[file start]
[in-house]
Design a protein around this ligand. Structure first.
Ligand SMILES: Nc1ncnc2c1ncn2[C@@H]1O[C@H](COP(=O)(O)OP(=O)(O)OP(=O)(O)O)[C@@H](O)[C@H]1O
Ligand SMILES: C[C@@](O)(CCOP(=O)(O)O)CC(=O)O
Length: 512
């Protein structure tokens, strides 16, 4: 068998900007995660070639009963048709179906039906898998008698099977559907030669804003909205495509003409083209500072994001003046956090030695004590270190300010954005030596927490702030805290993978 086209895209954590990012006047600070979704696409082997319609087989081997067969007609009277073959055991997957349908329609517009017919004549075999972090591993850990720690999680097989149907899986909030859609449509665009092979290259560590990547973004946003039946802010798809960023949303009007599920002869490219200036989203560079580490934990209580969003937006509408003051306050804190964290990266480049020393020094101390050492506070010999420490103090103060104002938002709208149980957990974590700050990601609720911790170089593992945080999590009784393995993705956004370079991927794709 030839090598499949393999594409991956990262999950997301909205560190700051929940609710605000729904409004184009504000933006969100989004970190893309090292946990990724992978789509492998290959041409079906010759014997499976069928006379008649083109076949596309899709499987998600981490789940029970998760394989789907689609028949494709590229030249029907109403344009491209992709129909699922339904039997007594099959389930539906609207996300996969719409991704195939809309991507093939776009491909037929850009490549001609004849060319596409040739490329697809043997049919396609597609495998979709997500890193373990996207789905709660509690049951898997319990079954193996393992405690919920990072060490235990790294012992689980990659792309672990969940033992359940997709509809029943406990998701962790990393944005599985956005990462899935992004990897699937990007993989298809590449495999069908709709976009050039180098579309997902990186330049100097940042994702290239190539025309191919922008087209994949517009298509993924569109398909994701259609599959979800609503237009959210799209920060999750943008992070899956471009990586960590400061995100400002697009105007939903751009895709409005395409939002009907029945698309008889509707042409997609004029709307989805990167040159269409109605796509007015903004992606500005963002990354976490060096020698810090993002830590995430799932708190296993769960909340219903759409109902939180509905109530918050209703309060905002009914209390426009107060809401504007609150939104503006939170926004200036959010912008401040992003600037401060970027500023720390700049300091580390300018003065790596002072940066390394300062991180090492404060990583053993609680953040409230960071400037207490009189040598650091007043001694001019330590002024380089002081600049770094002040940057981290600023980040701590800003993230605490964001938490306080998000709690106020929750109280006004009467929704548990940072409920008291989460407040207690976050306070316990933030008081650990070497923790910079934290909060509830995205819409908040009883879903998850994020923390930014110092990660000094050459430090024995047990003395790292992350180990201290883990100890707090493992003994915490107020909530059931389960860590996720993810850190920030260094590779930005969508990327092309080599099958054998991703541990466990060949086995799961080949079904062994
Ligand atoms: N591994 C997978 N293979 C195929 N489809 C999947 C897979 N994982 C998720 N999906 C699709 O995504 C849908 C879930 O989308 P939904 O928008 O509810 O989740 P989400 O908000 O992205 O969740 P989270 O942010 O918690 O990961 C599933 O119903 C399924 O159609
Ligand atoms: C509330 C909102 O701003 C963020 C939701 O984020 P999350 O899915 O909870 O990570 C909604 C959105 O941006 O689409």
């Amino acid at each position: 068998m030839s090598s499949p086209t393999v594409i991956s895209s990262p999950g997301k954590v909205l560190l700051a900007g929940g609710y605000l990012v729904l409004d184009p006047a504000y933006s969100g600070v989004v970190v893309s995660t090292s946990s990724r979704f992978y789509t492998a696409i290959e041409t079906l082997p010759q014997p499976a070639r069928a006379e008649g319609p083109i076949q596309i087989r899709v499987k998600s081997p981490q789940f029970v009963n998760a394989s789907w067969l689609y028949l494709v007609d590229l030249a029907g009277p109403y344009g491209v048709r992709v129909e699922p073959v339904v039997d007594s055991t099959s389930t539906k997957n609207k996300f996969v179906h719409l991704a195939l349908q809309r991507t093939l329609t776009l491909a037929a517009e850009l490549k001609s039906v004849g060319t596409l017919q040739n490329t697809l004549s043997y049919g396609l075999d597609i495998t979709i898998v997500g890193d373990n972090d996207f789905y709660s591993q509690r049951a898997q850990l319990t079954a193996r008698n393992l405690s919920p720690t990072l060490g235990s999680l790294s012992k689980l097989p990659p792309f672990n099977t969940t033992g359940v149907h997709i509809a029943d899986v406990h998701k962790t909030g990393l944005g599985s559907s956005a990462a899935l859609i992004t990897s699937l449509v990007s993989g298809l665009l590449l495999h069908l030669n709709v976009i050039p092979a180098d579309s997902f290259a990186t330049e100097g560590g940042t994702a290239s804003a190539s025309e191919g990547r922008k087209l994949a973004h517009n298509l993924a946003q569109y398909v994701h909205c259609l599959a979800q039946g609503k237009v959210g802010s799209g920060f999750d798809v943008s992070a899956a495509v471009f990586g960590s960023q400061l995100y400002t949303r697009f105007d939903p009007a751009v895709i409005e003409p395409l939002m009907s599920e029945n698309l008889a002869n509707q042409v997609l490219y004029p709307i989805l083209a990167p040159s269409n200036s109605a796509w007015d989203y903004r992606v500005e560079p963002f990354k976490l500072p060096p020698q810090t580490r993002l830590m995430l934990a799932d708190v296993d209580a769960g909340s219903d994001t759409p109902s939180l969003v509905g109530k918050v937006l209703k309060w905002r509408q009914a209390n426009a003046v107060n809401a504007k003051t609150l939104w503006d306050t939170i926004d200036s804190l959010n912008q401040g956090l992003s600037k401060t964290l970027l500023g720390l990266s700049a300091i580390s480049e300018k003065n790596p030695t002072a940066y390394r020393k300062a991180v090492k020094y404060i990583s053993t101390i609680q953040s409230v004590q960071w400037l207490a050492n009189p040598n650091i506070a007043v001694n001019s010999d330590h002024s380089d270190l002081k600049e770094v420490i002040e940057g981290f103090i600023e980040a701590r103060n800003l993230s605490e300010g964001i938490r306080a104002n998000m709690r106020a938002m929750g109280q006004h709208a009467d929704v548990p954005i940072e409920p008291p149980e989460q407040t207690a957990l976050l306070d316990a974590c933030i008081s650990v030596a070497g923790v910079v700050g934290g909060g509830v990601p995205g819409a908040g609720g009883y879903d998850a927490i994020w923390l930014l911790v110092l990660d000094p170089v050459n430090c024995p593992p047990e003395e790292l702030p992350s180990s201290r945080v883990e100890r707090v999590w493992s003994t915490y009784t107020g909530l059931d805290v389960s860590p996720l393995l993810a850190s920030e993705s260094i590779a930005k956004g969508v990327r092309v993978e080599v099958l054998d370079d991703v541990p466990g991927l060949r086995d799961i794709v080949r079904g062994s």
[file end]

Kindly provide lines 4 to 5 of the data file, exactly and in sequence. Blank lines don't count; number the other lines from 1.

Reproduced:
Ligand SMILES: C[C@@](O)(CCOP(=O)(O)O)CC(=O)O
Length: 512